1110 * 0111 = - 1001

To compute the sign using only bit strings, one reasons as follows. First, one lines up the two multiplicands, one under the other:

	1110 *


Then, for each 1 in the second multiplicand (B), one adds up the number of 1's in the first multiplicand (A) that come strictly after it (moving from left to right) For instance, for the 1 in the second place in B in this example, we have the one 1 in the third place in A. For the 1 in the third place in B in this example, we have no ones coming after it in A; and likewise for the 1 in the fourth place in B in this example.) Then, one takes the sum one has gotten by this procedure, and uses it to determine the sign of the product. If this sum is odd, the sign of the product is negative. If the sum is even, the sign of the product is positive.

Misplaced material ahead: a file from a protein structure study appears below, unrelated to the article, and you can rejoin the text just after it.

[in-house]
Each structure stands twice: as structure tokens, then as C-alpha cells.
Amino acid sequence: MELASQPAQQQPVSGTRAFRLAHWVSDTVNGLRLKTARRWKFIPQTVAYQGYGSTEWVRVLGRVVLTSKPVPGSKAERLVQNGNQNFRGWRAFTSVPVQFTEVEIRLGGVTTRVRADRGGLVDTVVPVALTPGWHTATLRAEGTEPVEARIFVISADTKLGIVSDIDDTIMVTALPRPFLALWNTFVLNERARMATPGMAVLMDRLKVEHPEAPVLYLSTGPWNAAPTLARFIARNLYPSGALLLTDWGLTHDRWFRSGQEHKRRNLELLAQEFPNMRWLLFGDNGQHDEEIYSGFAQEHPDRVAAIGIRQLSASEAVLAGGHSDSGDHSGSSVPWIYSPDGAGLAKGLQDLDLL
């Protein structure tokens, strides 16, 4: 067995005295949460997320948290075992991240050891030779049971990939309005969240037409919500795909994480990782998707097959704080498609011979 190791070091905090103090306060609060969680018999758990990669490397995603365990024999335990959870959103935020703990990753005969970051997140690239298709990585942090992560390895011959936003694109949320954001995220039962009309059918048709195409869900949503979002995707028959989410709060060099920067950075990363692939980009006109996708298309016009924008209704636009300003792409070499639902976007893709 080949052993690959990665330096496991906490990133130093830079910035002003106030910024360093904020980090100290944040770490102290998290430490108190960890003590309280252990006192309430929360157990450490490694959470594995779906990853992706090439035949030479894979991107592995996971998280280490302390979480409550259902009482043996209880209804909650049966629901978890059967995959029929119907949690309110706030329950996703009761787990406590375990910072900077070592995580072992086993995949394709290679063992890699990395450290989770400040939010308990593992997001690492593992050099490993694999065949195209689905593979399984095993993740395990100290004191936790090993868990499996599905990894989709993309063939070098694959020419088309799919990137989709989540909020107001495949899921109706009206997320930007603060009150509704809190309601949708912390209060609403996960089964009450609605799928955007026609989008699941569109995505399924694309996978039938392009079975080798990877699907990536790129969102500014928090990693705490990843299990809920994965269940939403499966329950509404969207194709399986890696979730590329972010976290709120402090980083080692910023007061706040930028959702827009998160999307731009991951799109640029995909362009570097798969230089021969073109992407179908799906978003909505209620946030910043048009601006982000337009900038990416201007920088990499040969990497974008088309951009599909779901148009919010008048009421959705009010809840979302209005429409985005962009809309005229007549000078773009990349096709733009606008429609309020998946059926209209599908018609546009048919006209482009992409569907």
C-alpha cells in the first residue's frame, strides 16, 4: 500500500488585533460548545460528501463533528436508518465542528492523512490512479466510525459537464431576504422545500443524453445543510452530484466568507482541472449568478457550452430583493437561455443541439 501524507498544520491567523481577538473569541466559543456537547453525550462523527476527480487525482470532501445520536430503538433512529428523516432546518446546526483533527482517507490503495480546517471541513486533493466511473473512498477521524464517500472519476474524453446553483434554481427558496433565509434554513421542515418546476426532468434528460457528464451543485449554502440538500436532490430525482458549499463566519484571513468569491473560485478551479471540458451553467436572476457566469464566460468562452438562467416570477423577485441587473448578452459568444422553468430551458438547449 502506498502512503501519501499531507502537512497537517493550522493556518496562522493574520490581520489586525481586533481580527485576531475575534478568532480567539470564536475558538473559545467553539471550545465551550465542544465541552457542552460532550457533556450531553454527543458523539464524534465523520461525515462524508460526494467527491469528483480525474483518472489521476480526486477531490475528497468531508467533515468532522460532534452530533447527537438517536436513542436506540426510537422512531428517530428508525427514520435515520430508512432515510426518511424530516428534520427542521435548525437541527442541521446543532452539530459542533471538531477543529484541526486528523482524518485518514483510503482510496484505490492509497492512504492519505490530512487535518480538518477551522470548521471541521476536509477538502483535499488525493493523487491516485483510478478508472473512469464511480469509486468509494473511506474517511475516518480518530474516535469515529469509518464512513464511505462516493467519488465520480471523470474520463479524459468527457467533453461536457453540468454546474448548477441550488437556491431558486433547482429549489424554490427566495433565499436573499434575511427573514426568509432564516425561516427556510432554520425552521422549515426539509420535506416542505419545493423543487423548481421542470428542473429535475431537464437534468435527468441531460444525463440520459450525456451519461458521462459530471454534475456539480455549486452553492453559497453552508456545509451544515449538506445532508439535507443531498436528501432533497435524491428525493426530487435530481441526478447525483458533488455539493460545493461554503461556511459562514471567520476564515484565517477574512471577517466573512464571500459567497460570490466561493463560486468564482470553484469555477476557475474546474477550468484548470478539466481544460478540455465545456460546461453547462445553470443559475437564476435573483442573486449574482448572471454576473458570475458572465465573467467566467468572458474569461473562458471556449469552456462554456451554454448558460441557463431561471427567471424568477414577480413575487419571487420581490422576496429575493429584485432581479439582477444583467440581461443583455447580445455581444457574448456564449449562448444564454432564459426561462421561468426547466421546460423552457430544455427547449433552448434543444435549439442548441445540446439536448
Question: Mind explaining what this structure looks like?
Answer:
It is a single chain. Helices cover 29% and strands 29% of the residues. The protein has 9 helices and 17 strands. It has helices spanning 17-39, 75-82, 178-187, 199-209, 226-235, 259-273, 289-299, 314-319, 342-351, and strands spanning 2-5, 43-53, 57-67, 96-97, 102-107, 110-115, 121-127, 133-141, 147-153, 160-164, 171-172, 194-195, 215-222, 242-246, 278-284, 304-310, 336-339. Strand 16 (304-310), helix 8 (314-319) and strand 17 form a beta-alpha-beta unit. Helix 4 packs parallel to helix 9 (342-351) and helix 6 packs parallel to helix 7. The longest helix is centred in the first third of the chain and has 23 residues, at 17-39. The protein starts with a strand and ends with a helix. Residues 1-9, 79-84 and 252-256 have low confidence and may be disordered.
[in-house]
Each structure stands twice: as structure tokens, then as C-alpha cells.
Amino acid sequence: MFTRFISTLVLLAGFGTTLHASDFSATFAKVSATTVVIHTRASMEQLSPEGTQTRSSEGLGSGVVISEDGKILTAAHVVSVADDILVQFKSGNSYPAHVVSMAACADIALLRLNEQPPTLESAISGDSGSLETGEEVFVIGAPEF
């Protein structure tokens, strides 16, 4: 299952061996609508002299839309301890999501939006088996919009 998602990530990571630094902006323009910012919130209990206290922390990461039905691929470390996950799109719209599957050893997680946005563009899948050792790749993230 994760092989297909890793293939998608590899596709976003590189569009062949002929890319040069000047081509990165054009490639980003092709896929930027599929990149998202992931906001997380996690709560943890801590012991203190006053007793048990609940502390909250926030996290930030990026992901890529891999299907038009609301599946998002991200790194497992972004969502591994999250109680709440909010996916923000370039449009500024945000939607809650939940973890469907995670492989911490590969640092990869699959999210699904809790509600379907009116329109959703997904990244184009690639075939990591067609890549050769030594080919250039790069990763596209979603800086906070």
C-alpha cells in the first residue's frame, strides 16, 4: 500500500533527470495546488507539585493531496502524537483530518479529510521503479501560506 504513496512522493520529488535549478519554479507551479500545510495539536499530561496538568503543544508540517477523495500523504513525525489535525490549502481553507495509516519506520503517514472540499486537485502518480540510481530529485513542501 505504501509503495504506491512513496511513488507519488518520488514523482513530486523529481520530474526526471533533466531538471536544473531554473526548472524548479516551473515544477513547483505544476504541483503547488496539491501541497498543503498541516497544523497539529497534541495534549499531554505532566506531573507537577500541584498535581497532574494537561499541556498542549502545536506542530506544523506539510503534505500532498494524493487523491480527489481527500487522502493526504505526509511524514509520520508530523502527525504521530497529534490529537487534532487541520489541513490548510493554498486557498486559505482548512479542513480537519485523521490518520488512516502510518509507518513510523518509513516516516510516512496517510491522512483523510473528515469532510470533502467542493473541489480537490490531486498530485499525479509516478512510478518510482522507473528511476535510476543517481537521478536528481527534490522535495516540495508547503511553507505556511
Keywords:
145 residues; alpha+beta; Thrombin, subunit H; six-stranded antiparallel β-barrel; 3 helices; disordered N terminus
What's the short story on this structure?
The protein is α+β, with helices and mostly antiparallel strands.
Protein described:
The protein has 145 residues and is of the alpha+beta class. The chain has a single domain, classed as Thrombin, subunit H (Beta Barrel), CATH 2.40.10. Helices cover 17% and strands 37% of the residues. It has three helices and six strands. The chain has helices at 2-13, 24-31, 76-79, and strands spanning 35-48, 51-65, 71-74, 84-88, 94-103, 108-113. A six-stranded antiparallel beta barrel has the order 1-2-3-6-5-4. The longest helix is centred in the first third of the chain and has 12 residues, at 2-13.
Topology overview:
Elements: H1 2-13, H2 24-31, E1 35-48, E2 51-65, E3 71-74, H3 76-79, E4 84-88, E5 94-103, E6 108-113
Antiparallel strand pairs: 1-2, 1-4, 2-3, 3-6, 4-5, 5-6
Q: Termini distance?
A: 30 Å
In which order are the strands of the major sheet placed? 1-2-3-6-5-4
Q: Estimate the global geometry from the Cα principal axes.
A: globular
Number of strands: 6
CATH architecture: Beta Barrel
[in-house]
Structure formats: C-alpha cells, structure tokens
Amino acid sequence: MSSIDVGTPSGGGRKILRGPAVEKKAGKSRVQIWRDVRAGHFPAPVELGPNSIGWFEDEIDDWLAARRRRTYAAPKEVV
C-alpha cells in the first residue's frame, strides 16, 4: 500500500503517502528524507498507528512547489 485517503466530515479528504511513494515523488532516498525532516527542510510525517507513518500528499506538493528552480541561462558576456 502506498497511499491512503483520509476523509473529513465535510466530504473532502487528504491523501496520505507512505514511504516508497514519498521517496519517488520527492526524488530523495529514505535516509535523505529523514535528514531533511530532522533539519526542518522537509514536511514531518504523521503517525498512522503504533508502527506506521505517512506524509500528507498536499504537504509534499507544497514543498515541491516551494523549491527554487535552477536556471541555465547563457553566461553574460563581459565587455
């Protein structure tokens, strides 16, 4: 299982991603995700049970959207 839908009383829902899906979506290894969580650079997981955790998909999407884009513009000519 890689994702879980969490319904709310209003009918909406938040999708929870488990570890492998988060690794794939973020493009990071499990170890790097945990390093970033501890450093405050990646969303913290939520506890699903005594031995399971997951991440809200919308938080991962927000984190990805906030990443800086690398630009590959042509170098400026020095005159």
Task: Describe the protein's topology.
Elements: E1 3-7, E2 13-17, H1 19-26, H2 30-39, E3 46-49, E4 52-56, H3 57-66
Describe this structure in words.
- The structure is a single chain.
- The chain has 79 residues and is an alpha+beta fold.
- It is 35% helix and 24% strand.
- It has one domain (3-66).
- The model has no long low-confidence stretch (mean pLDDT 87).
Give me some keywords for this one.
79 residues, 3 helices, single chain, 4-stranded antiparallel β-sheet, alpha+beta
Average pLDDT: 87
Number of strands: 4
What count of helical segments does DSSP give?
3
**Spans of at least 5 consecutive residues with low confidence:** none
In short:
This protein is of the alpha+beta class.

In this example, we have moved through the 1 bits of the representation of the second multiplicand B, summing for each one the number of 1 bits of A that come after it. Equivalently, one can sum over all the 1's in the first multiplicand, A, summing for each one of these, the number of 1's in B that occur strictly before it. The two procedures always give the same result.

Similarly, the second example above, e1 e2 e5 * e1 e2 e4, translates to

	11001 *


Here, for the 1 in the first place of B, we have two 1's in A coming after it; for the 1 in the second place of B, we have one 1 in A coming after it; for the 1 in the fourth place of B, we have one 1 in A coming after it. So, the sum is four, and the sign of the product is plus.

Using this representation of the DCLG product sign rule, it is not hard to prove that the hard powerset of a temporal domain of entities is isomorphic to DCLG.

Theorem 2

Consider a temporal domain (G,^) where G contains n entities, none of which is a chronon C.
Then the algebra (h(G),*) is isomorphic to the Discrete Clifford Algebra DCLG(n)


: Let us identify the elements of G with the basis elements of a Discrete Clifford Algebra DCLG(n), supposing that the ordering of the DCLG basis elements is taken to be consistent with the linear time operator ^.